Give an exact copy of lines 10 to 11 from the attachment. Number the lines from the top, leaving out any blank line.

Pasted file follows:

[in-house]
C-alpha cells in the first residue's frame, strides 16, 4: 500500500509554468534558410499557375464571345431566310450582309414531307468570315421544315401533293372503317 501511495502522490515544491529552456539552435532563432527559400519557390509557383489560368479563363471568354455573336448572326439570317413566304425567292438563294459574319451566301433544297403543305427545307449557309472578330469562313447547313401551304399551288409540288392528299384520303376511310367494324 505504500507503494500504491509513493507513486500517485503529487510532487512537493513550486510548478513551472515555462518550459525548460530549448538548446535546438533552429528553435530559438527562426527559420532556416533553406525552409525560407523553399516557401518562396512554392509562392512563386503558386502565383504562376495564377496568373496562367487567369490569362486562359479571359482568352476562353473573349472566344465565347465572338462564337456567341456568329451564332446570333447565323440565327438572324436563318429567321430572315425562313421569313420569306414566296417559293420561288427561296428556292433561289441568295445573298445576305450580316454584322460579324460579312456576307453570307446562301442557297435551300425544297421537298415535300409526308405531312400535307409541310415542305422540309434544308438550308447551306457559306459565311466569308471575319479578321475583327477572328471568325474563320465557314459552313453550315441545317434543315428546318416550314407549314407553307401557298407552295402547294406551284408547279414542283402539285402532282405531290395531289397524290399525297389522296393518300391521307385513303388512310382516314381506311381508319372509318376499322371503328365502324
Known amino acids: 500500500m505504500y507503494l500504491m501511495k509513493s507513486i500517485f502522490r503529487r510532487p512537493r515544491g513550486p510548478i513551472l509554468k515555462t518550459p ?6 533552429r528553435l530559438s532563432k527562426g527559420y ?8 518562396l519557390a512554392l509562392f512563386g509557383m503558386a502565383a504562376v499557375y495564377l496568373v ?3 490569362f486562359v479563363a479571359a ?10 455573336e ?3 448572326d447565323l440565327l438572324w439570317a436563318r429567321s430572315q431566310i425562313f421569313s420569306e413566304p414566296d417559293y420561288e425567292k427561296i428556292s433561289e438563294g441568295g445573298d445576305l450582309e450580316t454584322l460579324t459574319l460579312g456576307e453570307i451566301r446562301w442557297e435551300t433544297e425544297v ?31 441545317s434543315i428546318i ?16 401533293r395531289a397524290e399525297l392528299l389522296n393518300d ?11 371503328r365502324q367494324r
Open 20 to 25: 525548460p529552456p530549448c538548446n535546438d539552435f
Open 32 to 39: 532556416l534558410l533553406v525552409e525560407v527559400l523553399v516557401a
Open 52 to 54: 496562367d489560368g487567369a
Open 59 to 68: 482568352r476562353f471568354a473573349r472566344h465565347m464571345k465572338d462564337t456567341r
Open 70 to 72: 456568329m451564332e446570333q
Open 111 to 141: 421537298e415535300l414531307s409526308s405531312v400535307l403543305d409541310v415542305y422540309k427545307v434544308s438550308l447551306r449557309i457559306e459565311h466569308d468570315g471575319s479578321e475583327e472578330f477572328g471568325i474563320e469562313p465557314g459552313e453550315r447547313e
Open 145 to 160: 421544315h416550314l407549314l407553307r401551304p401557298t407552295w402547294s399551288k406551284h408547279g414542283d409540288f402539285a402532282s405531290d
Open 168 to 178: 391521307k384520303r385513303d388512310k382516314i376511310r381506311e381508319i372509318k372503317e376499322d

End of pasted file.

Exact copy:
Open 145 to 160: 421544315h416550314l407549314l407553307r401551304p401557298t407552295w402547294s399551288k406551284h408547279g414542283d409540288f402539285a402532282s405531290d
Open 168 to 178: 391521307k384520303r385513303d388512310k382516314i376511310r381506311e381508319i372509318k372503317e376499322d